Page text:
For fairways we will be limiting growth through lower fertilizer rates and by restricting water. There’s no hope in me being able to keep up with mowing and irrigation system maintenance so the plan is to only water to keep the course from burning up. For the most part fairways will probably go semi-dormant this summer. This will require only 10% of our normal irrigation capacity. Again, this won’t be a problem if there is no traffic. This will reduce our mowing requirements to probably 32 hours a month for greens, 32 hours a month for tees and 32 hours a month for the odd rough area that won’t go dormant! I will be around for 160 hours a month so mowing should only occupy 60% of my time which is the percentage of the total labor pool time that I have found should be spent mowing a course. It is certainly doable.
As soon as we get the all clear to open back up we will turn the water back on. Worst case is we might have to ask carts to remain on pathways for a few weeks while the fairways green back up.
Our tees will also be allowed to go semi dormant. I have always considered the tees to be semi disposable turf. They get chewed up from golfers and it is in these areas where we grow the grass hard to keep up. With no traffic, we won’t need that kind of recovery or high growth rates. When we can open back up we can over-seed, turn the water back on and give them a heavy shot of fertilizer. The longer we go with no traffic, the better the tees will be when we reopen.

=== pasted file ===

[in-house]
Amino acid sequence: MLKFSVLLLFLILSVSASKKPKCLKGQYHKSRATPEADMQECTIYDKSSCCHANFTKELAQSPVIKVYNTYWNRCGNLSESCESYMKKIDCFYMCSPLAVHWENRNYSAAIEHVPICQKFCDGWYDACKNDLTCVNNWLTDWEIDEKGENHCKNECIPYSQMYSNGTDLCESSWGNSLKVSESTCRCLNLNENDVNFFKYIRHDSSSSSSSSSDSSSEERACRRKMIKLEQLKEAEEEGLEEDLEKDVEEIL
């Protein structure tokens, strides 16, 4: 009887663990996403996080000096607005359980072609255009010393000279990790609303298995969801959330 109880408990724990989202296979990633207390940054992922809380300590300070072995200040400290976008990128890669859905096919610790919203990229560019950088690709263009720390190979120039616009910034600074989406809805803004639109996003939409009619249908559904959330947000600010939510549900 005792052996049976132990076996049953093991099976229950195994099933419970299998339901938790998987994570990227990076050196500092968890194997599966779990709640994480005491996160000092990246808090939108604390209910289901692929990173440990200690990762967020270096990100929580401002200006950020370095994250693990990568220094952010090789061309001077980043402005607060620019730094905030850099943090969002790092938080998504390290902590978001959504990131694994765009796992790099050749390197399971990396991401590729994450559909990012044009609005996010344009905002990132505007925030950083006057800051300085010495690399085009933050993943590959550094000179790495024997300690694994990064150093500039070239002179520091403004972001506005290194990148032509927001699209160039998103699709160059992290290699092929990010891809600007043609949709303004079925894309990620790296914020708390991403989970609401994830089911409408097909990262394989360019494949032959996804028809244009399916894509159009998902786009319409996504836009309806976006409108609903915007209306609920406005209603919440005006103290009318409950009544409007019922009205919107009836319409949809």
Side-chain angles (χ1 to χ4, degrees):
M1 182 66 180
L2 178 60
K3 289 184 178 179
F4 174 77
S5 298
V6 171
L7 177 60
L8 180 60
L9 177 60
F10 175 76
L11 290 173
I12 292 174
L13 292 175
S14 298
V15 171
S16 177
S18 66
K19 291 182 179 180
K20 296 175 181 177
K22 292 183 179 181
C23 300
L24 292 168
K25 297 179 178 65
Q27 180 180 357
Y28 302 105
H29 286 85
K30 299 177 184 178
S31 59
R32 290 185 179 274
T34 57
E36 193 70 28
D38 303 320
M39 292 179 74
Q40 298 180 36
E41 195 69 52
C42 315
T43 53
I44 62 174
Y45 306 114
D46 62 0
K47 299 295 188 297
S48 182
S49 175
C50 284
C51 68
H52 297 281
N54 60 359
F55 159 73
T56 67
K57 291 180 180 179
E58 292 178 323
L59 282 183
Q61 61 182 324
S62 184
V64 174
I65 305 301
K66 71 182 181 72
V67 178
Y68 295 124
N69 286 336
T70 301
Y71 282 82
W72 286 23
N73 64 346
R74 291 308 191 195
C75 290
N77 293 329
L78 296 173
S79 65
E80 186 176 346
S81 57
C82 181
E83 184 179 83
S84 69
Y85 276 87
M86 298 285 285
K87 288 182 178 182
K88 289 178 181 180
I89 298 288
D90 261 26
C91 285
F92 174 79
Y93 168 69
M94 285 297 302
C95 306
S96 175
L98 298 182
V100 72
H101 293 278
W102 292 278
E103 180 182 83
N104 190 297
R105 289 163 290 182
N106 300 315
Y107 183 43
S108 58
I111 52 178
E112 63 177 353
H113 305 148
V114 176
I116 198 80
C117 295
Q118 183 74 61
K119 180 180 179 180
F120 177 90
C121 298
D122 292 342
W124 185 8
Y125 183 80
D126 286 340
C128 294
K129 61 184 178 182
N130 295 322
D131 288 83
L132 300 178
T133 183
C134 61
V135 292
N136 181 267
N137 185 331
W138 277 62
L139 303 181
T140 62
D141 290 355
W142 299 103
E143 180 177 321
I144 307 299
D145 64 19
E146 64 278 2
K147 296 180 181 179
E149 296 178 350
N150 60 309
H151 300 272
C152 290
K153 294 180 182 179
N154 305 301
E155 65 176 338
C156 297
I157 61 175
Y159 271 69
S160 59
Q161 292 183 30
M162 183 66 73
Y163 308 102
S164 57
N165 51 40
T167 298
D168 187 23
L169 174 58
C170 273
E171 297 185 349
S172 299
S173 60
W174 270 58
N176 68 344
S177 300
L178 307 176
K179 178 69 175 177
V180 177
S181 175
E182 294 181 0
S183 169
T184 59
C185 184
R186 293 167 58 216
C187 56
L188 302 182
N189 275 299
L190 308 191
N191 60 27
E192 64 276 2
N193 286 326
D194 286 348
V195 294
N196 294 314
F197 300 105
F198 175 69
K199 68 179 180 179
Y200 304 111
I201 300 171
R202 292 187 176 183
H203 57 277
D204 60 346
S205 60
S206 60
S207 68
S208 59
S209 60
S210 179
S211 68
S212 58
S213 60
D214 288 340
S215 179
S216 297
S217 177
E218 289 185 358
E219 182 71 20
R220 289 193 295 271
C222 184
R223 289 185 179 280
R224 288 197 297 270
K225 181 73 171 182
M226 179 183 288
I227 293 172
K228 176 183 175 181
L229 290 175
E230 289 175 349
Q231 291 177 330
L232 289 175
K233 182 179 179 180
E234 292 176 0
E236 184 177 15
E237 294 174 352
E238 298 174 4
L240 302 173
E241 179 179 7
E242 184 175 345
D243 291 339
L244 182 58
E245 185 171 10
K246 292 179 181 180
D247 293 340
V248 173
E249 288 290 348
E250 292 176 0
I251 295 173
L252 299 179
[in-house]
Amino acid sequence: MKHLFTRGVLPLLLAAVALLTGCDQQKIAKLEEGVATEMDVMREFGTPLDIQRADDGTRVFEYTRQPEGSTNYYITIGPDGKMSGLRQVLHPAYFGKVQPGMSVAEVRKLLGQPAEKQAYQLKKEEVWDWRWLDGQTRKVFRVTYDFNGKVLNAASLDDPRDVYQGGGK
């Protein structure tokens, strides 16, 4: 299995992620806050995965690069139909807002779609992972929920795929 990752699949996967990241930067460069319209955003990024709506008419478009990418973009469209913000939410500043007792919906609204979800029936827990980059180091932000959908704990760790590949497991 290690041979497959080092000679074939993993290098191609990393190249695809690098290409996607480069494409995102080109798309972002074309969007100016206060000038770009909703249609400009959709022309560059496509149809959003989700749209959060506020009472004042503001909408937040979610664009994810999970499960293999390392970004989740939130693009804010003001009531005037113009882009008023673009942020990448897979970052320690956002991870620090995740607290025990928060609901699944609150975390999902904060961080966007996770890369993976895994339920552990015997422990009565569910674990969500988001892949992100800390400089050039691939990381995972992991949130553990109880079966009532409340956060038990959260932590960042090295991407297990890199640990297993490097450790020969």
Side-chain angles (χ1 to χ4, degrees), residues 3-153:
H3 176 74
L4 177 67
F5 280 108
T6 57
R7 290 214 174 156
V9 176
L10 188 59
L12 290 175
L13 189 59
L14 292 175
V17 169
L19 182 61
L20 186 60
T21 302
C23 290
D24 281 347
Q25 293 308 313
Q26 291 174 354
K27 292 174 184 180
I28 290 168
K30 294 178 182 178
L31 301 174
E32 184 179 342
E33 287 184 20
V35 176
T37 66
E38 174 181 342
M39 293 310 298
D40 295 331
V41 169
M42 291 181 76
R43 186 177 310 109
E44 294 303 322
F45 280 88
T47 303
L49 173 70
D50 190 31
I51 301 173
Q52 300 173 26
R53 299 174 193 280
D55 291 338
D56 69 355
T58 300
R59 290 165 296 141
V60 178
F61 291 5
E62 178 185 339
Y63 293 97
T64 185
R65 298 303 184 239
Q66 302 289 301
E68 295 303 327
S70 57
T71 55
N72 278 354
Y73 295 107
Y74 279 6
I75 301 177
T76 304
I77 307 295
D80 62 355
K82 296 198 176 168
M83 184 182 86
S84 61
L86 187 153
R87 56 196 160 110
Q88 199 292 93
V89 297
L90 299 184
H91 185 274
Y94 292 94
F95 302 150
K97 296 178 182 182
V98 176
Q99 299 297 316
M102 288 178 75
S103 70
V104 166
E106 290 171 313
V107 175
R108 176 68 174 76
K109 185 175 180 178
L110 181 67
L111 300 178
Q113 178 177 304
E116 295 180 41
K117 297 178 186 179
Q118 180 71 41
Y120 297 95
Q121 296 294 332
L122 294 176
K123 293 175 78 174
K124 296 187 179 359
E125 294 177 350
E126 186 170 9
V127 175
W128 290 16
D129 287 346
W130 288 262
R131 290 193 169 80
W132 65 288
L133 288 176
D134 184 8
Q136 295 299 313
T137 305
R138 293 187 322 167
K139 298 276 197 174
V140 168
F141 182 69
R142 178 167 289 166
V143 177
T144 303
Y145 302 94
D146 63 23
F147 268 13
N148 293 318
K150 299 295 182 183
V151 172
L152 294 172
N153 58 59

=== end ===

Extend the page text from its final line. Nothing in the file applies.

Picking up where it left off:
Now would be a great time to over-seed if you have the resources. How often do you get to close a course during the wet spring months to allow over-seed to mature?
For those wondering, our robot is sill mowing its grass off. We just recently started it back up for the season so that quality of cut is pretty bad right now. Regardless, this will be the only fairway receiving regular mowing for the foreseeable future.
How long will we have to stay closed? I don't know but I would plan to not open for the 2020 golf season whatsoever. We can always ramp things back up but it will be much harder to maintain a course and reduce expenses if you have runaway growth to manage.
In the end my hope is that everyone can weather this storm in good spirits and health. The golf course will be fine no matter what happens and the most important thing for now is to focus on the safety of yourself, your family, and your coworkers. Please #Stayhome
Take care everyone.